Wednesday, August 26, 2015

Part Eight


     Whoever has faith in Christ has made a good beginning which needs to be brought to fruition. Faith in Christ without works, as James the Apostle says, is dead. The works are accomplished by hearkening to and carrying out all that the Son commands, for He speaks what His Father wills, thus we all need to listen and obey. Christ speaks as follows: “You have heard that it was said to them of old time, you shall not kill; and whoever shall kill shall be in danger of the judgment, and whoever shall say to his brother Raca, shall be in danger of the council; but whoever shall say you fool, shall be in danger of hell fire.”

     The law of Moses subjected murderers to the penalties of justice. Christ’s legislation differs by forbidding  the lesser behavior that leads to murder, such as anger, insult and blasphemy forbidding and penalizing these things preventing the crime of murder. To be guilty of these lesser things must be shown as being related to the potential crime, for example, all types of anger do not lead to murder. Also whoever called his brother raca ( similar to “worthless” or “good for nothing”) makes him liable before the council,” and possible condemnation. 

The Gospel Laws established by Christ are for those who believe in Him and strive to keep His commandments as members of His Church. All Orthodox Christians are brothers and sisters of Christ and what they do to each other is done to Christ who said: “Amen, Amen, I say unto you as you have done to the least of these my brethren you have done it to me” (Mat.25:40). Therefore a Christian unreasonably angry with another is also unreasonably angry with Christ. He who calls his brother a fool, knowing him to be the brother of Christ, evidently calls Christ a fool. And he who calls Christ a fool blasphemes against the Holy Spirit. For whoever is a fool is a fool because of his folly, and folly indicates a spirit of foolishness and senselessness. That means he has called the spirit in Christ a spirit of folly. Christ was maligned by the Pharisees and said: “whoever speaks a word against the Son of man, it shall be forgiven him; but whoever speaks against the Holy Spirit., it shall not be forgiven him, neither in this world nor in the world to come” (Mat. 12:32).

     “Therefore, if you bring your gift to the altar, and there remember that your brother has something against you, leave your gift before the altar, and go your way; first be reconciled with your brother and then come and offer your gift. When you know your brother has been wronged go to him and be reconciled then offer your gift.” Not just remembering our own ill feelings toward a brother, but also those of him towards us, requires us to seek reconciliation with him.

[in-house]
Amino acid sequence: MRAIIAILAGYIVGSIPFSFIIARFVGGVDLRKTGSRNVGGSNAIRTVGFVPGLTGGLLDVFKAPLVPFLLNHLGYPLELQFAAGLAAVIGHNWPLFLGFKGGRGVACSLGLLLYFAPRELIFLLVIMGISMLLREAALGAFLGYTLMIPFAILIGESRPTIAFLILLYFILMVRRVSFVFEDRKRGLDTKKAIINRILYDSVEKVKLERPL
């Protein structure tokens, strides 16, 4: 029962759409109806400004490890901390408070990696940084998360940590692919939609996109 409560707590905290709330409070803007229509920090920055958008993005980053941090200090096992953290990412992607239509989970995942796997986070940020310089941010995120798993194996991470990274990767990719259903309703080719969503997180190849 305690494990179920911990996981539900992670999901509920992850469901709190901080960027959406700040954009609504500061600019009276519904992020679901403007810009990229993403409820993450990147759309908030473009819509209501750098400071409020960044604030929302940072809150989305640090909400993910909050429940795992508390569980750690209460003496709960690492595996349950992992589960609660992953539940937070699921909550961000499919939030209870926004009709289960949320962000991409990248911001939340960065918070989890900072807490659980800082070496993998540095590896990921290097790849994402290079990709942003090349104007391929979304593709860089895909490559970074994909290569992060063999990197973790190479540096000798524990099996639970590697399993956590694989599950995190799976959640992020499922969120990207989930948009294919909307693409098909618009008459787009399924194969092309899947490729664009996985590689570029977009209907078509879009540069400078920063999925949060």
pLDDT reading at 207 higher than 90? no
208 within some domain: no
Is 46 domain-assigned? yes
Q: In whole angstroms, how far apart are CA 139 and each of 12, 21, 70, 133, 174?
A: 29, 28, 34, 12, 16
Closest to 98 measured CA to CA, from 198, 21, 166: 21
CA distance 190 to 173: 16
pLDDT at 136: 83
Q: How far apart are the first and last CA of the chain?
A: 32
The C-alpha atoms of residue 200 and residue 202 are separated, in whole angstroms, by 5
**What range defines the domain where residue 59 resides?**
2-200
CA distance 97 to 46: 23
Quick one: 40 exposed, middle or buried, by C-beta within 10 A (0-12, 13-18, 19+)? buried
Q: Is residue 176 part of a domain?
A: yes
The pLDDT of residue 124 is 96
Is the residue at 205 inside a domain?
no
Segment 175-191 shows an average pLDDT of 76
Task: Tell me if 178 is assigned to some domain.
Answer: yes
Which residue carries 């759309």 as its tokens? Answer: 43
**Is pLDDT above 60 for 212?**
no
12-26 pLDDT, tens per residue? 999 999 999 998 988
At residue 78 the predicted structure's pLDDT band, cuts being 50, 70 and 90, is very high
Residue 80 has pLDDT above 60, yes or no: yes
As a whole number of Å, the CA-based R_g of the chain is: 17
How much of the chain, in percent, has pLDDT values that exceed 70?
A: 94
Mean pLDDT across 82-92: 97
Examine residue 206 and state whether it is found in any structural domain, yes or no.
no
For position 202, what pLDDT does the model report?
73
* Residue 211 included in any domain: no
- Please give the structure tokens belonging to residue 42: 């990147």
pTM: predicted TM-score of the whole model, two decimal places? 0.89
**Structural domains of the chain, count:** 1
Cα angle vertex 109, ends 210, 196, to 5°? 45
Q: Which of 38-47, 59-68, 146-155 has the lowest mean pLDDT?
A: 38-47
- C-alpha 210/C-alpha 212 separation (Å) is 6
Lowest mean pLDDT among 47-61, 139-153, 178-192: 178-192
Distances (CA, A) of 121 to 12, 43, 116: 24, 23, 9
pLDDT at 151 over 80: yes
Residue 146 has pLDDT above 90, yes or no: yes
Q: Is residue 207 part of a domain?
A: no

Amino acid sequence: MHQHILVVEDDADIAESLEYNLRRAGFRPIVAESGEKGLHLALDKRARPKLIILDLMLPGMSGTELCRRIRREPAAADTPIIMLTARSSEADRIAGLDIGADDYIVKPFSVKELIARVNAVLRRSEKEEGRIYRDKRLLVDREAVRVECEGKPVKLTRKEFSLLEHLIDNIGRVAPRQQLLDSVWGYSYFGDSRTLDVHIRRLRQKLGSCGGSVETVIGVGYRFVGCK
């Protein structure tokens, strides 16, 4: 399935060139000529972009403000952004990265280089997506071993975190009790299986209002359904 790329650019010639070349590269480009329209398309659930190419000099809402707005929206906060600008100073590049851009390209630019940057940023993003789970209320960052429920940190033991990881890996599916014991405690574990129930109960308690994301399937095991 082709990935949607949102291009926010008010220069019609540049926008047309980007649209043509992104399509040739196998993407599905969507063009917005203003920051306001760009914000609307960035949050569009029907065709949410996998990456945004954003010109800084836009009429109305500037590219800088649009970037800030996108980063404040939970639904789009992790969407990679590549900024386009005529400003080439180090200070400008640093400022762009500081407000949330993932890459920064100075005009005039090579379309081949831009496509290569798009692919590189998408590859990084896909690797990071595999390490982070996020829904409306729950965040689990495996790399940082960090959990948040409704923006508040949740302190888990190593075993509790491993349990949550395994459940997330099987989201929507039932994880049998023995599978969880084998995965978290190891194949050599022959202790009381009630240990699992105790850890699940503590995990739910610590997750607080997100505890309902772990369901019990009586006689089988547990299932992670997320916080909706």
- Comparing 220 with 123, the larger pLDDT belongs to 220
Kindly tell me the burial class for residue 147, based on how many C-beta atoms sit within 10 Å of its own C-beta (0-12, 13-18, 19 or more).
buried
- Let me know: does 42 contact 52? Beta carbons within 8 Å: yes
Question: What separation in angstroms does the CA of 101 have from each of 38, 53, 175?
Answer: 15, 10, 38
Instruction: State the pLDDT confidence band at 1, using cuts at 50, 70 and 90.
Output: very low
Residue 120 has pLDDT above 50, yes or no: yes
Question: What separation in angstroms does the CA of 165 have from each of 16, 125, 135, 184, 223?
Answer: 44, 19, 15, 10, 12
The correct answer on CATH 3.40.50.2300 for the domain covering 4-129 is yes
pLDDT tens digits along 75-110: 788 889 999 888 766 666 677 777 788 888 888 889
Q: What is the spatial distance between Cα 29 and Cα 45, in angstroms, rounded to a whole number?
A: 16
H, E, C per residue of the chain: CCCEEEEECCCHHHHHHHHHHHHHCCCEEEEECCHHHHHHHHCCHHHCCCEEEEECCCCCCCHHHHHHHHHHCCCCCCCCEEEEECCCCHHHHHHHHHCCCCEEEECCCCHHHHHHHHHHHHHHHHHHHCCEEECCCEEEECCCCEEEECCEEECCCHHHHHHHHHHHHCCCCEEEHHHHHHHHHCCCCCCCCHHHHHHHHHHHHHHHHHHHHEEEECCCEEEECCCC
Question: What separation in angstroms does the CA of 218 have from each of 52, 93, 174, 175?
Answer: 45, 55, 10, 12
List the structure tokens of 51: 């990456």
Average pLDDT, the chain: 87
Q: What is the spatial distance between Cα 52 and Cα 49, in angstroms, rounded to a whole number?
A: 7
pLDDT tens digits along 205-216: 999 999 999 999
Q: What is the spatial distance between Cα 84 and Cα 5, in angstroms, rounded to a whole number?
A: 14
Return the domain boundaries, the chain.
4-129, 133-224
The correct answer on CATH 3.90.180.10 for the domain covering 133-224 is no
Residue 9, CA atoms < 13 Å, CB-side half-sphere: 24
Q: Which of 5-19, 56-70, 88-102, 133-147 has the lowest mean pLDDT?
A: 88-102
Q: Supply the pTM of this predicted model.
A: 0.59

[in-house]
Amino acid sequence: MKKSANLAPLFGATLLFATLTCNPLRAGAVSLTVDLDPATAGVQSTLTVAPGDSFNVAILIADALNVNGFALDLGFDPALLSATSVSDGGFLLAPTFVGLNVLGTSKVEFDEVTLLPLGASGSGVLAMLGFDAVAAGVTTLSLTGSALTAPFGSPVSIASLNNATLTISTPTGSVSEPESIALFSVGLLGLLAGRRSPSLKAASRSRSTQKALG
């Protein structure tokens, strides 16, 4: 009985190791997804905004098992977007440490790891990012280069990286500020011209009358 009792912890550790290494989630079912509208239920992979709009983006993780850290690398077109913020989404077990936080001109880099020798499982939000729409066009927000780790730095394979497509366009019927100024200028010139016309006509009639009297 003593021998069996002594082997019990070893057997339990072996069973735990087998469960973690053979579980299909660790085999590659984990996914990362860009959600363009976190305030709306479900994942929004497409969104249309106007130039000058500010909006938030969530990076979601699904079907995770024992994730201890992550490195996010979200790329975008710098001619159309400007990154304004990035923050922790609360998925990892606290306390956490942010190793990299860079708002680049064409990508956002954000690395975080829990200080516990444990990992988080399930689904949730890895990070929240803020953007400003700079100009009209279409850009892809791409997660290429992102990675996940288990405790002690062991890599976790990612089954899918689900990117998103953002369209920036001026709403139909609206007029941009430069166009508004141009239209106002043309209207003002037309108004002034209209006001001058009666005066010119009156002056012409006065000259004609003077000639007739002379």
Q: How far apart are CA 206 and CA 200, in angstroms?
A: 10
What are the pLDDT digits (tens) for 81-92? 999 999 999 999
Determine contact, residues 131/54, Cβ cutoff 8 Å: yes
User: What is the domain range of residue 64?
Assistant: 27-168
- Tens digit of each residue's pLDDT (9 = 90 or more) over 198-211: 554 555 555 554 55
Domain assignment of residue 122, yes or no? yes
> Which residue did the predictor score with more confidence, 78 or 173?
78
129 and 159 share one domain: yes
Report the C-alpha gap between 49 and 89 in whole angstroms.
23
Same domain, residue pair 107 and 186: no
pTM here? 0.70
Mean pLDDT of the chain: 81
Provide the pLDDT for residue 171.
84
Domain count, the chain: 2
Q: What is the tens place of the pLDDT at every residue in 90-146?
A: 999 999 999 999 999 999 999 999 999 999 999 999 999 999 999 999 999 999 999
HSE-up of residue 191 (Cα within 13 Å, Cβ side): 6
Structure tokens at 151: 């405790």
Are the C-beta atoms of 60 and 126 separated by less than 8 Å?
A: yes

Sunday, August 23, 2015

Part Seven


     When the Jews heard Christ command them not to work for the food that perishes but for the food that endures unto everlasting life, they asked him what they ought to do in order to do the work of God?  Jesus told them: “This is the work of God, that you believe on Him whom He has sent.” He makes it clear that faith in Christ is the work of God leading to eternal life. But why does Christ refer to faith in Him as being work?

     Our souls believe when we accept with certainty that what is being said is to be taken just as said.  This certitude is what is called faith. However the soul does not act  unthinkingly but goers through the process of work within itself, comparing, judging and reasoning. Thus believing is indeed work, not physical but mental work, where the soul distinguishes between truth and falsehood, always seeking and accepting truth. This work is most difficult and intense for the soul is drawn to the good teaching of Christ and is also drawn away by the evil and worldly enticements which surround it on all sides. 

     The souls of men continually seek happiness and reject sorrow and sadness whenever possible, for happiness is a continually desirous human goal for which men always reach but few find. Happiness can never be found in the pleasures or works of this world no matter how benevolent they may seem. Giving alms to the poor, feeding the hungry, showing kindness to strangers, are good works for which the world offers its thanks. But if they are done for worldly praise and self-aggrandizement they are without any value in Christ’s eyes. Because He is the source of everything good, the alpha and omega, the beginning and the end of all things and is so preached. He saves those who know him and perform works in His name, and consigns to fire those who remain ignorant of Him.